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The Rorschach Factory by Valerie Fox

The Rorschach Factory by Valerie Fox is a collection of poems that are left up to the interpretation of the reader in many cases.  Much like the inkblot test, these poems provide snippets of color, image, and story to provide an outline for readers, and those readers are then tasked with filling in the blanks and interpreting what is there.  Some poems seem to carry a personal history in many of the lines, while others are whimsical in their interpretations of pop culture and real-life relationships.

From “This Is Not My Cousin” (page 9):
This is not the sensational human
condition.  God is not in the picture
just me and trees and my cousin’s shadow.
We like how I am standing on the high place
a smiling paperdoll propped up on the edge
about to step back, waving to Columbus.

From “You’re No Axl Rose” (page 43):

You’re no Axl Rose but your sentences are
as complex as your hair, in an unintended,
wiry, I will live forever way, the way Axl
swings his hips and smokes just enough
to achieve his pristine scratchy scream.
You’re no James Dean but when you can afford
to drive a Porsche I’ll let you drive me
to the Acme to buy aspirin or milk.

Fox’s writing style leaves room for the imagination of the reader so that each new audience can take their own journey.  In other poems, there is a clear tone that shines through the lines, like in “The Temple” (page 37) where the narrator talks about her time with a poet who thought of himself as upper class, but of her as much lower.  The poet was slumming it with the narrator, but you can tell from turns of certain phrases that this view was not accurate:  “He’s my essay.//Soon enough/he ran out of money./I’m a poet, and I’d squirreled a bit of currency away./This became my motto-//’I got mine.'” (page 38)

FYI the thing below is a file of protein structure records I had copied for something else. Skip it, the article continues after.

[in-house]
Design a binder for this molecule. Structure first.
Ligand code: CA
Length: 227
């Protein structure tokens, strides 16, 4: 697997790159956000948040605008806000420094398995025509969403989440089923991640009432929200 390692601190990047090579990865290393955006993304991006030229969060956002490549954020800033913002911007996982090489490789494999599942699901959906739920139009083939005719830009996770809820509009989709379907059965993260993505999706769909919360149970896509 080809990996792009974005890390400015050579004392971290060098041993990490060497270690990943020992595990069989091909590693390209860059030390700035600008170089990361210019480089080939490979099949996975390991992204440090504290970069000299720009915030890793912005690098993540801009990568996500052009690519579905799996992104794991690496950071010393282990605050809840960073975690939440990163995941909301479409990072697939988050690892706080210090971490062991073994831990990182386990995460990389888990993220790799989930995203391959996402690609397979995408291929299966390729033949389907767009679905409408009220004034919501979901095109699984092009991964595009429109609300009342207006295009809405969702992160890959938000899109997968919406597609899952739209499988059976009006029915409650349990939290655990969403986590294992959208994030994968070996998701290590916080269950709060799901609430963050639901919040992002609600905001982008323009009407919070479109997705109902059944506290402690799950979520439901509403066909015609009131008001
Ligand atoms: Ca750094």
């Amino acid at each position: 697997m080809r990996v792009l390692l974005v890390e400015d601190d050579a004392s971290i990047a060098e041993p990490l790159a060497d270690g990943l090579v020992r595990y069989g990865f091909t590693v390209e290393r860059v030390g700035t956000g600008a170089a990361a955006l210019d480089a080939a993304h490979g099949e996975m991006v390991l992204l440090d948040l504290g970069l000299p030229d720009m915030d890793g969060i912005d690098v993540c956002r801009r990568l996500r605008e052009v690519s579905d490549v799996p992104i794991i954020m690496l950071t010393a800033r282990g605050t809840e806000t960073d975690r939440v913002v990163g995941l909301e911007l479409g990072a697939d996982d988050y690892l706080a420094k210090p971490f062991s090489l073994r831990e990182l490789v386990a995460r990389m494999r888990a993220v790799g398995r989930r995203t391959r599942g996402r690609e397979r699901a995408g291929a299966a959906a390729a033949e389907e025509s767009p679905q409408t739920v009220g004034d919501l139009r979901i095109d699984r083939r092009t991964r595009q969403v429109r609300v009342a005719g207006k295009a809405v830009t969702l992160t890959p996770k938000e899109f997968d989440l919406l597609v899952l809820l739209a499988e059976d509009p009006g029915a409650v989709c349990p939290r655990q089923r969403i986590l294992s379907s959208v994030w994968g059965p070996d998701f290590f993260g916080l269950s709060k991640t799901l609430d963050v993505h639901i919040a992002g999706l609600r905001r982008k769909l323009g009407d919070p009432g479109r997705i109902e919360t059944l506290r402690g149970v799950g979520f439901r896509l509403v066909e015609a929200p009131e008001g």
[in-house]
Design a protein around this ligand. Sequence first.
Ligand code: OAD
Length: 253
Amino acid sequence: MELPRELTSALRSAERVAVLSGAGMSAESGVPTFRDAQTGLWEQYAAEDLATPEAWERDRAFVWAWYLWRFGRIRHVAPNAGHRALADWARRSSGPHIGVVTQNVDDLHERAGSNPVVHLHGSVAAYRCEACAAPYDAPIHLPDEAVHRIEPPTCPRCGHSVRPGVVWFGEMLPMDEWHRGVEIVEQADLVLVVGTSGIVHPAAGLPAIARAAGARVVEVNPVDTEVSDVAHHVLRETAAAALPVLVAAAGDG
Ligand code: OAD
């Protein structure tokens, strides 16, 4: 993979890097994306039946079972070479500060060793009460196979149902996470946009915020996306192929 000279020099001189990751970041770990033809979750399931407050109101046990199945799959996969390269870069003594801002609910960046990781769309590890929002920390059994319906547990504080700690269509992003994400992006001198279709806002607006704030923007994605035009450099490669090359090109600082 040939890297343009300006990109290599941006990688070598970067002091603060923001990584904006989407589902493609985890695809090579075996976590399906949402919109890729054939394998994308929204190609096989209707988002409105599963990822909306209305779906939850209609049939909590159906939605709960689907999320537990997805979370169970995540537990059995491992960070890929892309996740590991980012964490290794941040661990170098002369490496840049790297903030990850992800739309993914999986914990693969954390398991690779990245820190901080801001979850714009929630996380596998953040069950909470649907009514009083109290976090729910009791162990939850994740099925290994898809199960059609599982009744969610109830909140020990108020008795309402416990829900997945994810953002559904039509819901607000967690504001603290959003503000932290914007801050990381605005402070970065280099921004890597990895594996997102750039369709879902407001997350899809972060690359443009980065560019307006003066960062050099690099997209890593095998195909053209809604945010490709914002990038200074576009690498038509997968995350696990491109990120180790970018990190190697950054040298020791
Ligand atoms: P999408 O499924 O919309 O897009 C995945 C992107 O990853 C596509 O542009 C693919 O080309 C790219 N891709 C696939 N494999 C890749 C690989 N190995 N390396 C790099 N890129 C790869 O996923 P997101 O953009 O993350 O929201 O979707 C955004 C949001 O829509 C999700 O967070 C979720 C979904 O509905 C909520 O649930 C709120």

Broken down into four sections — Out of Time, The One Who Leaves You, Accomplice, and Unrest — the narrator has set up a collection of poems that would appear to be drenched in despair and regret, but readers will be surprised by the not only whimsical poems but also the humor with which she highlights pop culture and elements of the ridiculous in intimate relationships.  Overall, The Rorschach Factory by Valerie Fox is a collection that you can read in one sitting, piecemeal, and revisit over and over, finding nuances to each poem that may not have been as prominent upon first reading.

About the Poet:

Dr. Fox’s most recent book is Bundles of Letters, Including A, V and Epsilon (Texture Press), written with Arlene Ang. Previous books of poems are The Rorschach Factory (Straw Gate Books) and Amnesia, or, Ideas for Movies (Texture Press). Her work has appeared in many magazines, including Hanging Loose, The World, Feminist Studies, Siren, Phoebe, Watershed, sonaweb, and West Branch.

She was a founding co-editor of 6ix magazine (1990-2000), and currently edits Press 1, a journal featuring poetry, short fiction, opinion, and photography.  Very involved in collaborative writing, she and Arlene Ang have collaborated in the writing of poetry and fiction, publishing in magazines such as Admit 2, Origami Condom, Per Contra and Qarrtsiluni.  At Drexel, Dr. Fox teaches Freshman Writing, Creative Writing (poetry), and Readings in Poetry. She’s particularly interested in experimental poetics and online teaching/e-learning.

About the Indie/Small Press:

Straw Gate Books published Valerie Fox’s The Rorschach Factory and was founded in 2005 by poet and co-founding editor of 6ix magazine (1990-2000) Phyllis Wat in Philadelphia, Pa.  Here’s a snippet of their mission:

“We are particularly interested in works by women and non-polemical writing with an underlying social content. We also feature new authors and authors whose work is underserved.”

This is my 3rd book for the Fearless Poetry Exploration Reading Challenge.

 

 

This is my 9th book for the 2011 New Authors Reading Challenge.

 

 

Here’s a confession, I’ve had this book for a couple of years, and I believe it came from the author or her good friend Arlene Ang.  I’m just now getting around to it.  This is my 5th book for the 2011 Wish I’d Read That Challenge.